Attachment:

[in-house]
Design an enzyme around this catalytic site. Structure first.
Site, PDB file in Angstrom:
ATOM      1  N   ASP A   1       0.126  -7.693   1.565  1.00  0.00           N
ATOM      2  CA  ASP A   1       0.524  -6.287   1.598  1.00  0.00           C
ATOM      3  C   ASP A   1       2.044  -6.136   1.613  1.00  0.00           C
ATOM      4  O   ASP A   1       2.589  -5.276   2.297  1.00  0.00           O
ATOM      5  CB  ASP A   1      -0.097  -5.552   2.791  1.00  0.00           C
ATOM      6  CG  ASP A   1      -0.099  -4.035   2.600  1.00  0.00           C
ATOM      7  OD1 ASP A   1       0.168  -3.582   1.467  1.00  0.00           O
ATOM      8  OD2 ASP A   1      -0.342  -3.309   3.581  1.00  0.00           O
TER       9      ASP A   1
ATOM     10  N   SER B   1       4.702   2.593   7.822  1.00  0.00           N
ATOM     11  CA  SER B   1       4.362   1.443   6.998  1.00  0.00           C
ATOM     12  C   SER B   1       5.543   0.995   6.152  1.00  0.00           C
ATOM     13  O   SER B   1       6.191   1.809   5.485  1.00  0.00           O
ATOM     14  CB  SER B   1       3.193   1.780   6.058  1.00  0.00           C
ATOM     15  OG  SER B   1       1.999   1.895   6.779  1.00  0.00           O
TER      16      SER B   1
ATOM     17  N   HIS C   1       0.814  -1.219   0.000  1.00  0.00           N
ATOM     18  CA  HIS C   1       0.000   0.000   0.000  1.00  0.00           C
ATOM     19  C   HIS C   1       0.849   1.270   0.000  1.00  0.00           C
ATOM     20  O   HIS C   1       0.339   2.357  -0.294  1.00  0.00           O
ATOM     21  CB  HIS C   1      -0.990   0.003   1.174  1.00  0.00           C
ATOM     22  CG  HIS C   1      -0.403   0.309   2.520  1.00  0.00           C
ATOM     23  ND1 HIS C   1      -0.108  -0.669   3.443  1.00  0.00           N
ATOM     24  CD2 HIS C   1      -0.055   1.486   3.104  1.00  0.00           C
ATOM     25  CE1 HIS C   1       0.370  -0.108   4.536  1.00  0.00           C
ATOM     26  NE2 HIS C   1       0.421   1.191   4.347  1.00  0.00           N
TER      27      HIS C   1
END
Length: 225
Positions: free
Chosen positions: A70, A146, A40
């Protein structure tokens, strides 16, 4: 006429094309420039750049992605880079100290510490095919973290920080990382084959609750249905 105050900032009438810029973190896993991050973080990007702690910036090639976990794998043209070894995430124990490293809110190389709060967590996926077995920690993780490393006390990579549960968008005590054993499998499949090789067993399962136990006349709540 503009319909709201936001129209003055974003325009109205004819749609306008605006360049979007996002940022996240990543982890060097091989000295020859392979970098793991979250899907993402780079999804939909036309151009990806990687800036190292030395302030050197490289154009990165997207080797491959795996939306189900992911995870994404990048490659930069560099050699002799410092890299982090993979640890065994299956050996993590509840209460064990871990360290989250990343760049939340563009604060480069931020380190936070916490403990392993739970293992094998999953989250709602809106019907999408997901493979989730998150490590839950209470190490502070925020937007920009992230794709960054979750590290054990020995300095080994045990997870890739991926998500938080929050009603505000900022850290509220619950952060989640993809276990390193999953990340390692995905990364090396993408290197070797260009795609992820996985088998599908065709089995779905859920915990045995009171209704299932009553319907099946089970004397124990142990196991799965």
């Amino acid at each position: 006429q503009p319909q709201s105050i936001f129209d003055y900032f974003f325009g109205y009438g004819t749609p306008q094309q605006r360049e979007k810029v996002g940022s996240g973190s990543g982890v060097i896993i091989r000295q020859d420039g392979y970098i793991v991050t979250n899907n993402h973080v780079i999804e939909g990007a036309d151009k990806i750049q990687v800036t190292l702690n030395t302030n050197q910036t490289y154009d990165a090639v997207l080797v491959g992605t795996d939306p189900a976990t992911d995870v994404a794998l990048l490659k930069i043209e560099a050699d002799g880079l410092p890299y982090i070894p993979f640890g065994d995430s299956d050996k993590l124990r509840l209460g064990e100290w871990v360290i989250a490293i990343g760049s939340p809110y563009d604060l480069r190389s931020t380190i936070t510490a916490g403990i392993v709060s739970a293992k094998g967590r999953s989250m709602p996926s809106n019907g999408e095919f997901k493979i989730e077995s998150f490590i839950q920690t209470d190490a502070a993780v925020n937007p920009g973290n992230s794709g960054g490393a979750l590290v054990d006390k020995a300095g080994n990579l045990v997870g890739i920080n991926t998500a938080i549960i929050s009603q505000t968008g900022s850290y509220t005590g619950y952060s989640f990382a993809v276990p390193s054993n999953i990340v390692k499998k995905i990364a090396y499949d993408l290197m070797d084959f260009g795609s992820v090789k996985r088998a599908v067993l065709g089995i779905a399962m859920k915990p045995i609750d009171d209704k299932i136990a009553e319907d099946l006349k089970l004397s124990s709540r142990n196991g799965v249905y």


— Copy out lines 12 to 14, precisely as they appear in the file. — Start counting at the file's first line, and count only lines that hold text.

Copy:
TER       9      ASP A   1
ATOM     10  N   SER B   1       4.702   2.593   7.822  1.00  0.00           N
ATOM     11  CA  SER B   1       4.362   1.443   6.998  1.00  0.00           C